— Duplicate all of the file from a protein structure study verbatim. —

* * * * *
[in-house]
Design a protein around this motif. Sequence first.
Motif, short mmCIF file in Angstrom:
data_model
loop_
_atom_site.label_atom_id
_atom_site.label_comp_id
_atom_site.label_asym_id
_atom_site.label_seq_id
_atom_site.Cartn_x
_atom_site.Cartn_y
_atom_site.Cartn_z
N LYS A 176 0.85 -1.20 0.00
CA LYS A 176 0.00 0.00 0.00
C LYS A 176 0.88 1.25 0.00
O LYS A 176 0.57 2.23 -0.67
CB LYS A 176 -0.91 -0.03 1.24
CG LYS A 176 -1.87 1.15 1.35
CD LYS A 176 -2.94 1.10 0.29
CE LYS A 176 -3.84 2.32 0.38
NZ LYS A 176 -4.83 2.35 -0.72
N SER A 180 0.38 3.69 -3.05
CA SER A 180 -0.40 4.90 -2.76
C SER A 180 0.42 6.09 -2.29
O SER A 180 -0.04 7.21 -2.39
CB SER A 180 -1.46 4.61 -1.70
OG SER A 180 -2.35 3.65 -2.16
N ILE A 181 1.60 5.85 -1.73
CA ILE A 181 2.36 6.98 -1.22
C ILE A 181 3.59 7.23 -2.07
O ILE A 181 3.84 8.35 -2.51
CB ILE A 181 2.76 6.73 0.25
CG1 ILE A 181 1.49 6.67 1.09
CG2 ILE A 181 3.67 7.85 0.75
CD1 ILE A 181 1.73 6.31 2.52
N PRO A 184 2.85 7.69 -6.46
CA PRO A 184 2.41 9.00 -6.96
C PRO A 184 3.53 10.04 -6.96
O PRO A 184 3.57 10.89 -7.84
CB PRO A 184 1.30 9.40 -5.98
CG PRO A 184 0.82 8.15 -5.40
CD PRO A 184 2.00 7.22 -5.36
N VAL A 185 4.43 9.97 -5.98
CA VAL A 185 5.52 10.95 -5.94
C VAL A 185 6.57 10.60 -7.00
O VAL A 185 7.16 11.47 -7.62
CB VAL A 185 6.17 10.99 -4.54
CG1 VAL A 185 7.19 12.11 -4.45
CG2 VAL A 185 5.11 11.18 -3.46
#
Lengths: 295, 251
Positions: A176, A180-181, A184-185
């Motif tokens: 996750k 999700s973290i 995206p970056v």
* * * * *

[in-house]
Design a protein around this motif. Sequence first.
Motif, short mmCIF file in Angstrom:
data_model
loop_
_atom_site.label_atom_id
_atom_site.label_comp_id
_atom_site.label_asym_id
_atom_site.label_seq_id
_atom_site.Cartn_x
_atom_site.Cartn_y
_atom_site.Cartn_z
N LYS A 176 0.85 -1.20 0.00
CA LYS A 176 0.00 0.00 0.00
C LYS A 176 0.88 1.25 0.00
O LYS A 176 0.57 2.23 -0.67
CB LYS A 176 -0.91 -0.03 1.24
CG LYS A 176 -1.87 1.15 1.35
CD LYS A 176 -2.94 1.10 0.29
CE LYS A 176 -3.84 2.32 0.38
NZ LYS A 176 -4.83 2.35 -0.72
N SER A 180 0.38 3.69 -3.05
CA SER A 180 -0.40 4.90 -2.76
C SER A 180 0.42 6.09 -2.29
O SER A 180 -0.04 7.21 -2.39
CB SER A 180 -1.46 4.61 -1.70
OG SER A 180 -2.35 3.65 -2.16
N ILE A 181 1.60 5.85 -1.73
CA ILE A 181 2.36 6.98 -1.22
C ILE A 181 3.59 7.23 -2.07
O ILE A 181 3.84 8.35 -2.51
CB ILE A 181 2.76 6.73 0.25
CG1 ILE A 181 1.49 6.67 1.09
CG2 ILE A 181 3.67 7.85 0.75
CD1 ILE A 181 1.73 6.31 2.52
N PRO A 184 2.85 7.69 -6.46
CA PRO A 184 2.41 9.00 -6.96
C PRO A 184 3.53 10.04 -6.96
O PRO A 184 3.57 10.89 -7.84
CB PRO A 184 1.30 9.40 -5.98
CG PRO A 184 0.82 8.15 -5.40
CD PRO A 184 2.00 7.22 -5.36
N VAL A 185 4.43 9.97 -5.98
CA VAL A 185 5.52 10.95 -5.94
C VAL A 185 6.57 10.60 -7.00
O VAL A 185 7.16 11.47 -7.62
CB VAL A 185 6.17 10.99 -4.54
CG1 VAL A 185 7.19 12.11 -4.45
CG2 VAL A 185 5.11 11.18 -3.46
#
Lengths: 295, 251
Positions: A176, A180-181, A184-185
């Motif tokens: 996750k 999700s973290i 995206p970056v």